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QV’s pick for the next Wellington property hot spots


If this year has taught us anything, it’s that trying to predict the future is an exercise in futility.

Even so, Quotable Value area manager Paul McCorry has been watching Wellington’s residential property market extremely closely and is confident when he says Ōtaki and Featherston will be among the region’s next “hot spots” for first-home buyers and property investors alike.

“For the most part, first-home buyers and investors have already been priced out of Wellington city, either by the high access costs or because of the very low yield relative to the investment cost to an investor,” he said.

“Until now, this has made the Hutt Valley a hot spot for young families and speculators alike. But where once you could get a home on a half-acre section for under the national average, now sales prices are often well over $1m.”

He offered one example of a Lower Hutt home that went on the market on a Thursday and was sold the following day by negotiation for a cool $1.3m. “It does make me wonder if the Hutt Valley has run its course as a more affordable property market,” he added.

Even in the relatively affordable transitional suburb of Wainuiomata, where there has been significant new developments in recent times, a new family home will cost around $750,000-800,000 – well outside the price bracket for most first-home buyers and investors.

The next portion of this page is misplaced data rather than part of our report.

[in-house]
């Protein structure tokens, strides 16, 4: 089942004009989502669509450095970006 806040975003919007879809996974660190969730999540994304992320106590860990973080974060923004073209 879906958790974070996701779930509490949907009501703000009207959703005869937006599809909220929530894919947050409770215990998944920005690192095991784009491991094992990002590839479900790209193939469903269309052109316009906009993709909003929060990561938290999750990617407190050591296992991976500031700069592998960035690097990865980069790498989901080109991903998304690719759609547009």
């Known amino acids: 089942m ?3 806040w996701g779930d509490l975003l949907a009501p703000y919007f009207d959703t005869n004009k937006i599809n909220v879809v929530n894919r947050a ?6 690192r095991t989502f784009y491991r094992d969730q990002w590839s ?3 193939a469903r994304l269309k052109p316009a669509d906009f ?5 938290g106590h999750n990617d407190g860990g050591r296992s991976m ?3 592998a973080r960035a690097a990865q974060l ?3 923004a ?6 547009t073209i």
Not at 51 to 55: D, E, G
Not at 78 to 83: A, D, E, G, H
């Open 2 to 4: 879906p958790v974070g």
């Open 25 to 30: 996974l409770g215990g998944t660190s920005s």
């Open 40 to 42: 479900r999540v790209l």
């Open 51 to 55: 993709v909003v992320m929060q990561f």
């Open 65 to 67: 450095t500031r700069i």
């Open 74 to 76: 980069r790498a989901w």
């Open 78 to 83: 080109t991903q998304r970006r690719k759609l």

Mr McCorry cited Ōtaki’s relatively lower base price and it’s improving transport connections to Wellington city as reasons why first-home buyers might now want to target the area. “We’re already starting to see a northward migration as first-home buyers seek entry-level prices and investors chase more value for their money up the coast,” he said.

“For investors, there is a relatively low-cost access, reasonable yield, and currently only three properties available to rent in Ōtaki at the time of writing, meaning that if you listed a quality property for rent it would likely be snapped up overnight.”

QV’s new rating valuations show the average value of a home on the Kāpiti Coast was $711,465 at the most recent effective revaluation date of 15 August 2020 – an increase of 29.1% since 2017. The corresponding average land value increased by 50% to an average of $389,708. Although these are sharp rises over three years, they are far smaller price tags than you will find in Wellington city.

Meanwhile, Featherston and the whole district of South Wairarapa is due its next rating revaluation in early 2021. “It’s another area where there are regular train services to the capital and relatively affordable housing for first-home buyers and young families,” said Mr McCorry. “There’s also a lot to like about the district for investors.”

It’s worth noting that the way New Zealand’s overheated property market is tracking right now that neither Featherston nor Ōtaki may stay affordable for long, or what effect that the Reserve Bank’s reintroduction of loan-to-value (LVR) ratios will have.

“Guessing what will happen after the Christmas break is fraught with challenges,” said Mr McCorry. “There remains a great deal of uncertainty in the market right now. I’ll continue to watch the market with interest and I’m sure that all first-home buyers and property investors will be doing the same.”